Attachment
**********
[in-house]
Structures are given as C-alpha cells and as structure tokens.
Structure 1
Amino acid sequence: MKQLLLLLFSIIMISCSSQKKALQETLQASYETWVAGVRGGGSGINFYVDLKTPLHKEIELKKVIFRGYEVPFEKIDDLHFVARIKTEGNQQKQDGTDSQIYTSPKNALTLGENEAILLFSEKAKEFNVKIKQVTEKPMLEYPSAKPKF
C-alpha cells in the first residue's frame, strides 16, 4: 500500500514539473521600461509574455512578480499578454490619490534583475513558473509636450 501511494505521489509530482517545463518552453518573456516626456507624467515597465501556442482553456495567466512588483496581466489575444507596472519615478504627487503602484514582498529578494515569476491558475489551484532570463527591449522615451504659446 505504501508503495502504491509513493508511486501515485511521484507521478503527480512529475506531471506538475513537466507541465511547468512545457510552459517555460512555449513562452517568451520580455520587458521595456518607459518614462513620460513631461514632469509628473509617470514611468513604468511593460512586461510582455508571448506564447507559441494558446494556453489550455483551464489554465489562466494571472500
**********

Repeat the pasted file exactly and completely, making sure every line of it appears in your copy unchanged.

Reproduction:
[in-house]
Structures are given as C-alpha cells and as structure tokens.
Structure 1
Amino acid sequence: MKQLLLLLFSIIMISCSSQKKALQETLQASYETWVAGVRGGGSGINFYVDLKTPLHKEIELKKVIFRGYEVPFEKIDDLHFVARIKTEGNQQKQDGTDSQIYTSPKNALTLGENEAILLFSEKAKEFNVKIKQVTEKPMLEYPSAKPKF
C-alpha cells in the first residue's frame, strides 16, 4: 500500500514539473521600461509574455512578480499578454490619490534583475513558473509636450 501511494505521489509530482517545463518552453518573456516626456507624467515597465501556442482553456495567466512588483496581466489575444507596472519615478504627487503602484514582498529578494515569476491558475489551484532570463527591449522615451504659446 505504501508503495502504491509513493508511486501515485511521484507521478503527480512529475506531471506538475513537466507541465511547468512545457510552459517555460512555449513562452517568451520580455520587458521595456518607459518614462513620460513631461514632469509628473509617470514611468513604468511593460512586461510582455508571448506564447507559441494558446494556453489550455483551464489554465489562466494571472500